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CLASSICAL  August 2005

CLASSICAL August 2005

Subject:

Menlo - Gravity's Rainbow

From:

Janos Gereben <[log in to unmask]>

Date:

Sun, 31 Jul 2005 23:28:49 -0700

Content-Type:

text/plain

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text/plain (81 lines)

Music@Menlo's third season, which began last week, has a portentous
title - "Beethoven: Center of Gravity." There was Beethoven aplenty in
the first program of the festival, but gravity was notably absent as some
of chamber music's greatest danced through both lighthearted fare and
music made buoyant.

Festival directors Wu Han and David Finckel put together a complex and
ambitious program (www.musicatmenlo.org), with a main concert series at
its core, plus a rich array of preludes, lectures, workshops, etc.  The
festival is divided into three developmental sections, each including
three programs, performed several times in Palo Alto's St.  Mark's Church
and Atherton's Menlo School.  The sections, referring to Beethoven's
career, although including music by many others - I. "The Early Years:
Arrival in Vienna, 1790-1800," II.  "The Heroic Period: Crisis and
Triumph, 1800-1810," and III.  "Into Eternity: Music Transfigured,
1810-1827."

The first concert, heard Friday night, at its second performance, took
the "Early Years" designation seriously enough to go back to Haydn (the
Piano Trio in E Major, from 1795) and Mozart (Horn Quintet, 1782), leading
into the Beethoven Septet, completed in 1800.  The concert's Prelude
included two Beethoven piano sonatas, the 1798 "Pathetique" and the 1801
"Moonlight."

As all (free) Prelude events, this too featured young artists, who are
participating in the festival's workshos and intensive coaching by the
artists featured in evening concerts.  Before Teresa Yu played the Sonata
No.  8, she told the audience that she had gained experience playing
Beethoven "at weddings and receptions," misting eyes up easily with the
Adagio cantabile of the "Pathetique."

And so Yu launched into a rather heavy-handed opening passage, but she
soon regained control, and dazzled with smooth, fluent runs, and excellent
balance.  If some of her "paragraphs" trailed off now and then, Yu's
"sentences" were well rounded and complete.  The second movement went
far beyond wedding standards, Yu playing pianissimo passages beautifully,
showing both understanding of and security in the music.  A strong and
clear Rondo kept her in the plus column at the conclusion of the sonata.
(Born in Taiwan, Yu is studying at the SF Conservatory of Music, with
Paul Hersh.)

According to his biography, 18-year-old Adam Golka is all over the map,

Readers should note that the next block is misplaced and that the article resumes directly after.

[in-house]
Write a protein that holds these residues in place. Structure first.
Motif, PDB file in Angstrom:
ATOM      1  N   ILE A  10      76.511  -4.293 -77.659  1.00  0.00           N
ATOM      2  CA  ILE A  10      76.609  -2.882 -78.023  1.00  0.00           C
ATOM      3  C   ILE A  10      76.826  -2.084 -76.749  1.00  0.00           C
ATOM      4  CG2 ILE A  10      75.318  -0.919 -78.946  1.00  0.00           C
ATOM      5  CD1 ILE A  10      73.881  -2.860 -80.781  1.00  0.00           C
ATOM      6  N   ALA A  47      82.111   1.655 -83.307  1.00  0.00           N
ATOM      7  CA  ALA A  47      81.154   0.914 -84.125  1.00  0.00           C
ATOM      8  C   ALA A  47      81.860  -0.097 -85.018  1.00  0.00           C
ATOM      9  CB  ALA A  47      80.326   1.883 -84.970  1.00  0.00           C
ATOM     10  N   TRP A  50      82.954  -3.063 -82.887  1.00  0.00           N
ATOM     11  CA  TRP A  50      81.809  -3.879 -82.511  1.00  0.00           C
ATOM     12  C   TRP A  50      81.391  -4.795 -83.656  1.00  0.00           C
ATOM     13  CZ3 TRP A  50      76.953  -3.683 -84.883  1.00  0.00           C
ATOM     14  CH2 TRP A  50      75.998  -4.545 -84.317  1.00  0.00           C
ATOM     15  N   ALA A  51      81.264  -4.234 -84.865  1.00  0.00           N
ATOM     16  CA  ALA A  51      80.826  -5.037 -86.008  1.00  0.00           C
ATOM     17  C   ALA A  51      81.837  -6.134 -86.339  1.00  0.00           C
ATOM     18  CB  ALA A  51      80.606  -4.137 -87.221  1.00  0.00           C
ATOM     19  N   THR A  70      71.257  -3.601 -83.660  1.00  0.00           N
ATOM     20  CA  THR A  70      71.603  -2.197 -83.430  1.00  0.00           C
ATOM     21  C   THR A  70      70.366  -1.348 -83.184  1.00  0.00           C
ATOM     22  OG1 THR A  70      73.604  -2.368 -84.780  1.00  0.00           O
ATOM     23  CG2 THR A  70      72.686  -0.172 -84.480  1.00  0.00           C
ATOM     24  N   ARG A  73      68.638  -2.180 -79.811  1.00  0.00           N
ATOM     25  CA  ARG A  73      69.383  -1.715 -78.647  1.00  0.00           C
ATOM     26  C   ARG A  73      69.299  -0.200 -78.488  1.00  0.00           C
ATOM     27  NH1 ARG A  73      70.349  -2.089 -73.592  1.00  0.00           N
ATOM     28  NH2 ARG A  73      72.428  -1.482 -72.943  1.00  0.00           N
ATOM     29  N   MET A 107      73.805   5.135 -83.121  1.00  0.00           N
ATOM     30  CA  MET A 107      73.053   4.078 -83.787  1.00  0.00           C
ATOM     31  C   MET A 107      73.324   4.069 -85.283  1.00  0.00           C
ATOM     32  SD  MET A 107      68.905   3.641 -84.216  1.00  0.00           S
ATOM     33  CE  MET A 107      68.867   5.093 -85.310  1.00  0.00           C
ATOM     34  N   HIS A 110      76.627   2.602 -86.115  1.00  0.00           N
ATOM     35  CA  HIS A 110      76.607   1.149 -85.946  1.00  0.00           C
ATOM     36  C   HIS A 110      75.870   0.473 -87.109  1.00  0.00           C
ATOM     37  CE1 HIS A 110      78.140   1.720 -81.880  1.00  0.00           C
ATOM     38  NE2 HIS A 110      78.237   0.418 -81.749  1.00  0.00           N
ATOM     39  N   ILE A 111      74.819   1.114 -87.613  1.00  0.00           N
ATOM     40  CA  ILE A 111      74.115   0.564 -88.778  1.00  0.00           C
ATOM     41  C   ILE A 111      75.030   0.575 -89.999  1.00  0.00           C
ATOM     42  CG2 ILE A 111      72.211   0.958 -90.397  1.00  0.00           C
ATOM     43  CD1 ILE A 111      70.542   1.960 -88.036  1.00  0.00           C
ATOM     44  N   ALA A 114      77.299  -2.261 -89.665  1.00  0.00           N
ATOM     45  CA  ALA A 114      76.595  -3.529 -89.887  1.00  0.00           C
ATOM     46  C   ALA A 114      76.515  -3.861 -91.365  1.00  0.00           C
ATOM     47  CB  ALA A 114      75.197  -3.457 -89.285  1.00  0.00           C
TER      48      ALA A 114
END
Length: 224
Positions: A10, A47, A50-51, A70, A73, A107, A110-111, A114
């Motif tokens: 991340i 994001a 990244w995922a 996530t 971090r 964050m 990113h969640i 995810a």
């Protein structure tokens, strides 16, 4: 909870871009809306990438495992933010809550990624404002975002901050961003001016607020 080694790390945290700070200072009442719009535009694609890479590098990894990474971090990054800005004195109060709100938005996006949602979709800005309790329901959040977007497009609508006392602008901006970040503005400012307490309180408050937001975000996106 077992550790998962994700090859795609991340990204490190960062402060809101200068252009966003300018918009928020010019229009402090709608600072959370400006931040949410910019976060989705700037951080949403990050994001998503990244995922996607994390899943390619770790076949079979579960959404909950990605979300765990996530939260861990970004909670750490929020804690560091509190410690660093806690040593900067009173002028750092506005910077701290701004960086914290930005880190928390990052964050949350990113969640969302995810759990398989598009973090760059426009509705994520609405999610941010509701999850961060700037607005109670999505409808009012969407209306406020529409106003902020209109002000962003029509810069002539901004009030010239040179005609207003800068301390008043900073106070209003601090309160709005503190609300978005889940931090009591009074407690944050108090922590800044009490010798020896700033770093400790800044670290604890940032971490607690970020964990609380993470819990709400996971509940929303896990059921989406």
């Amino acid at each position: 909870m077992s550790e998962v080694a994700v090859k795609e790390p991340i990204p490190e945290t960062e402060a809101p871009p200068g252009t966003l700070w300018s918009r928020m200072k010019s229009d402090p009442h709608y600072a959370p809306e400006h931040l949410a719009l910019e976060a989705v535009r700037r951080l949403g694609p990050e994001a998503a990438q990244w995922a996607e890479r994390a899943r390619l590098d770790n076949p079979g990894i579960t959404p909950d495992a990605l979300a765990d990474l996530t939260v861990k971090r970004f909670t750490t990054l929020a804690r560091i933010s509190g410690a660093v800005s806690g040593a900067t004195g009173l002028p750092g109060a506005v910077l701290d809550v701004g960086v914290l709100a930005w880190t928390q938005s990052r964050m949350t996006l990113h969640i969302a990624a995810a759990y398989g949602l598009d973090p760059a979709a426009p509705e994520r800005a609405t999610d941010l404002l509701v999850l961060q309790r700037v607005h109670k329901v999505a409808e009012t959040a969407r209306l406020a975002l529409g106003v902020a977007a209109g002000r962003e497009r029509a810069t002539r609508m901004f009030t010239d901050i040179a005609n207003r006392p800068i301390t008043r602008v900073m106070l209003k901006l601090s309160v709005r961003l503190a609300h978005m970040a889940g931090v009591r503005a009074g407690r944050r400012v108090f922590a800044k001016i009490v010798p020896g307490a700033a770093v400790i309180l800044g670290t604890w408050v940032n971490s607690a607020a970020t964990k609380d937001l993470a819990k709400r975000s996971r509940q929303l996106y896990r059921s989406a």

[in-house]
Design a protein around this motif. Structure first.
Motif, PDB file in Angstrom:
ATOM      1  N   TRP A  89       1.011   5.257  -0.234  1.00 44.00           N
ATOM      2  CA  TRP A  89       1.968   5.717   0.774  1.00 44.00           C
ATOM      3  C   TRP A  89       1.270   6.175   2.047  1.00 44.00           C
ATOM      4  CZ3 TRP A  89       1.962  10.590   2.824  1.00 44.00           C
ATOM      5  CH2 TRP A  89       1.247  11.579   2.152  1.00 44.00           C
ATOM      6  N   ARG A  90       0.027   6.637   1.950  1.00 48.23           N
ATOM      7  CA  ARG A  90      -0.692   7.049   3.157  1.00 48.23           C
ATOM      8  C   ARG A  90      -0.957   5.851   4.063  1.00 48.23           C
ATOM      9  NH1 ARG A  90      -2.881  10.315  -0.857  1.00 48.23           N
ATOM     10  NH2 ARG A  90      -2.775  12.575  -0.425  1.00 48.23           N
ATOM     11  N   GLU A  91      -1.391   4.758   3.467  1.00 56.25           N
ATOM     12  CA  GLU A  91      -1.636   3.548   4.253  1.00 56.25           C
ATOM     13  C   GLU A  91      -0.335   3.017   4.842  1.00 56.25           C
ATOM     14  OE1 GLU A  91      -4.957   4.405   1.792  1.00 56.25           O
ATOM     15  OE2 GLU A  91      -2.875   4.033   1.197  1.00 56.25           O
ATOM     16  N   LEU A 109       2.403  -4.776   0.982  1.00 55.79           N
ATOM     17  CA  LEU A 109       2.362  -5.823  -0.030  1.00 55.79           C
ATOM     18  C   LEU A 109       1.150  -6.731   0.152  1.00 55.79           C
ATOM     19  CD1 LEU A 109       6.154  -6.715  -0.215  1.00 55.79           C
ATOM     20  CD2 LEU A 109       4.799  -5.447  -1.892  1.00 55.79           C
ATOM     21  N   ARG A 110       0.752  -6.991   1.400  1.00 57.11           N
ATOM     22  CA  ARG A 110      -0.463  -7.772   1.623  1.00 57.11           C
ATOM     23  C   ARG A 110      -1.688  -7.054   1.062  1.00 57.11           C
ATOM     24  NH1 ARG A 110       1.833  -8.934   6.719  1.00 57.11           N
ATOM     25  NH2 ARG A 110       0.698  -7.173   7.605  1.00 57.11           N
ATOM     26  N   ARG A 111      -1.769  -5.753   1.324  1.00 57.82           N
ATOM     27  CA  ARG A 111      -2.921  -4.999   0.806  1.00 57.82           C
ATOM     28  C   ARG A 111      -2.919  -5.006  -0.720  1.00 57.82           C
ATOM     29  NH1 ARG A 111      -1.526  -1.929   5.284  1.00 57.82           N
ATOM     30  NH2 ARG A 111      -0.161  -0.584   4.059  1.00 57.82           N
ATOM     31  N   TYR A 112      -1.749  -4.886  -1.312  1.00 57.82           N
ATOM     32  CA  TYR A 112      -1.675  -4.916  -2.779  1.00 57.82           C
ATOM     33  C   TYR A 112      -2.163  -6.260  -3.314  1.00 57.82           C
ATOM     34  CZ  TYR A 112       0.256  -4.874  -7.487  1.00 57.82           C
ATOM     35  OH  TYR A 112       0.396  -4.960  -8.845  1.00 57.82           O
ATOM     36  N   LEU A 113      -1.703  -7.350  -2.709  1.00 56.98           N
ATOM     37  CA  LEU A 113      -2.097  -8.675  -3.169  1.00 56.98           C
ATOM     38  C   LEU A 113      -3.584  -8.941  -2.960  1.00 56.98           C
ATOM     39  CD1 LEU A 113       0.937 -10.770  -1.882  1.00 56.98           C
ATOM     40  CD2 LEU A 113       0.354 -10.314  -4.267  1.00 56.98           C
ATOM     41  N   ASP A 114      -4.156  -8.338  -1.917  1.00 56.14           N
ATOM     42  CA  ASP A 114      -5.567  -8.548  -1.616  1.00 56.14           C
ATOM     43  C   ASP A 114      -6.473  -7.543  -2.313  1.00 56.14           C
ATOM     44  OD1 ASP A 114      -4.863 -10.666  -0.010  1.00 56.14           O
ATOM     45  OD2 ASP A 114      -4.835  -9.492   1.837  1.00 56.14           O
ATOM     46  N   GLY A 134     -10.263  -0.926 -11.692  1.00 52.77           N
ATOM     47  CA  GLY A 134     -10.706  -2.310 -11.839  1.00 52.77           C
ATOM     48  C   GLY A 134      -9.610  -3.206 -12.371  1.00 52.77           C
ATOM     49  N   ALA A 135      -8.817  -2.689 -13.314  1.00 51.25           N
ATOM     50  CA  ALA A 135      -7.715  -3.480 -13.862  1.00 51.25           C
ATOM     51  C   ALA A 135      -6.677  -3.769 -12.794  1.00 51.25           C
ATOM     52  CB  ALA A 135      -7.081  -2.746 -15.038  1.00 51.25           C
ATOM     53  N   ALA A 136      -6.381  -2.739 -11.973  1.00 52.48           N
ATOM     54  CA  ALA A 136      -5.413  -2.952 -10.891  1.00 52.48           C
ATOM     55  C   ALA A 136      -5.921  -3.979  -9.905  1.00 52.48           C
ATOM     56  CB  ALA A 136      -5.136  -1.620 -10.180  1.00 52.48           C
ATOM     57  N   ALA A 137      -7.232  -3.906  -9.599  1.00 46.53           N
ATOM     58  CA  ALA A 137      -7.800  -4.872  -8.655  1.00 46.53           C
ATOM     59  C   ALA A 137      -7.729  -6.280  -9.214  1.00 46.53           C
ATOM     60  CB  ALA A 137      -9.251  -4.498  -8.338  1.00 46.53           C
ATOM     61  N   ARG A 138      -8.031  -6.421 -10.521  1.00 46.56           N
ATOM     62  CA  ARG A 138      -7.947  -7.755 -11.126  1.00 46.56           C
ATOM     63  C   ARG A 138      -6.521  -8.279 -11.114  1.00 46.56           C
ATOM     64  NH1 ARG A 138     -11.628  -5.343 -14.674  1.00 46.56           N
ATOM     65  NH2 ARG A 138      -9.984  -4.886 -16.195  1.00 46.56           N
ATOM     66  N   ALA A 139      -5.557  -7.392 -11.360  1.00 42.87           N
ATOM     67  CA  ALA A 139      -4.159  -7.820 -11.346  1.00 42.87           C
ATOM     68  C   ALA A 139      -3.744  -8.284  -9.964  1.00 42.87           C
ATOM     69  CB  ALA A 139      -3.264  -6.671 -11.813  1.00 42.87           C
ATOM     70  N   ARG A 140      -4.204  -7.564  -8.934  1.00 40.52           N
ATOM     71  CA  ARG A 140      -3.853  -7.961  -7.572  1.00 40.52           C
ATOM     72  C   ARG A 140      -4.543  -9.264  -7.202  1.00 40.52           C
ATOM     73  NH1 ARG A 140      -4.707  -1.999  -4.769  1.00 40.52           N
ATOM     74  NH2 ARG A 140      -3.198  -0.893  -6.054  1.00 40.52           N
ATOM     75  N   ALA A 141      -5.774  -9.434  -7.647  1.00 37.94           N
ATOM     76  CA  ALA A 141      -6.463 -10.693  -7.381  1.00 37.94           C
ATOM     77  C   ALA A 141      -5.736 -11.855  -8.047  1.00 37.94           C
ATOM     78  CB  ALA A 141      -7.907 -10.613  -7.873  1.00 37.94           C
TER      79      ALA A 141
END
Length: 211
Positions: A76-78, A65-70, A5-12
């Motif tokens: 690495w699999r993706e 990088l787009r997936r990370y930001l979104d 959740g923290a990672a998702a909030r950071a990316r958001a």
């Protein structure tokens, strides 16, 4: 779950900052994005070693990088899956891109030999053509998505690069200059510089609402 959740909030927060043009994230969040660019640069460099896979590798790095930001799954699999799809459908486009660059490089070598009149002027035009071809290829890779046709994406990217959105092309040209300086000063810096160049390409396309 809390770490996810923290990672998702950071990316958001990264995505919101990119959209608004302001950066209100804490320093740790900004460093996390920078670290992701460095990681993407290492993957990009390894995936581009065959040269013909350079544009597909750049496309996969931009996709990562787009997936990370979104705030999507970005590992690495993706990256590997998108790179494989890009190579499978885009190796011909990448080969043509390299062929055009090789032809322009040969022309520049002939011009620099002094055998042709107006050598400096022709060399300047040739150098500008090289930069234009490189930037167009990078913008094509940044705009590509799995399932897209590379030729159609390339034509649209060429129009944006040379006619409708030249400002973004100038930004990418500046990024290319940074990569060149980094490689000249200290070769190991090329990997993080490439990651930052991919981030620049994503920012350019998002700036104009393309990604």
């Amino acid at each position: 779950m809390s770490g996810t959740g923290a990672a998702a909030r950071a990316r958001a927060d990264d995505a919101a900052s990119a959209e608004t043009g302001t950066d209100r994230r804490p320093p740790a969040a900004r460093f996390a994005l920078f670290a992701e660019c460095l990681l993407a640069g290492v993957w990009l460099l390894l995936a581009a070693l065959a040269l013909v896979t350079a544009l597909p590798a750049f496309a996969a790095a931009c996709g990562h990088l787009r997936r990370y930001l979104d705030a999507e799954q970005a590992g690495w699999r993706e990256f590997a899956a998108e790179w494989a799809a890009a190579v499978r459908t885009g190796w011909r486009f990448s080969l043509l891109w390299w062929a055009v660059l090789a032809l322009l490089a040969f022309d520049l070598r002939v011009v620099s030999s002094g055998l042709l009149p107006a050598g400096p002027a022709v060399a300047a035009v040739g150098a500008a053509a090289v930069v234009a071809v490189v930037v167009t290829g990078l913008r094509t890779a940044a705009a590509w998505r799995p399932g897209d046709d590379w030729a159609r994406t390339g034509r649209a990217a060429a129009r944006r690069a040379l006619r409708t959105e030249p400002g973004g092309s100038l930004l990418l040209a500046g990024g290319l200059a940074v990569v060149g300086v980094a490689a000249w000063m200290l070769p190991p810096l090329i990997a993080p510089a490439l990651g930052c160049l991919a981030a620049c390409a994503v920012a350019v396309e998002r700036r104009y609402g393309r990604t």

featured as a pianist from Warsaw to Shanghai (where he had just won a
gold medal in competition), but on Thursday night, when he started playing
the "Moonlight" sonata, he was totally present here and now, in St.
Mark's, with a perfectly fluid, un-accented opening of the Adagio that
just warmed the listener's heart.

Musical "neutrality" became a bit excessive midway through the movement,
as the notes continued to flow by the book, but not the music, not quite.
Still, in the Allegretto, Golka once again made a strong impression,
with clarity and an even diction, sagely staying clear of the usual
"bumping along" some pianists - even very good ones - fall into there,
willy-nilly.  Golka is clearly a prodigious prodigy, possibly on the way
of becoming a first-class musician.

The main concert, in the evening, featured nothing but those first-class
artists, big names and great performances happily coinciding.  Joseph
Silverstein's violin led the the Mozart Quintet and the Beethoven Septet,
gloriously supported by Geraldine Walther's viola and Ronald Thomas'
cello, among others, but the amazing hero of both pieces was William
VerMeulen, who plays the French horn as if it were just a musical
instrument.

The Devil's instrument, as it is, the horn is said to be played well if
most of the notes come out right; for VerMeulen, all notes did, without
audible effort, with winning elegance.  He blended the sound exquisitely
with the strings, with Anthony McGill's virtuoso clarinet, Dennis Godburn's
noble bassoon.  Throughout the Septet, there were moments of lighthearted
("gravity-free") playing that was both meltingly beautiful and totally
precise.

Derek Han's piano, with some daringly slow (but "right") releases, paced
Ian Swensen's violin and Finckel's cello in the Haydn Piano Trio, three
mature musicians playing the work by a rather elderly composer (in 18th
century terms) with youthful verve and contagious energy.  Gravity?  More
like levity, in a good sense.

Janos Gereben/SF
www.sfcv.org
[log in to unmask]

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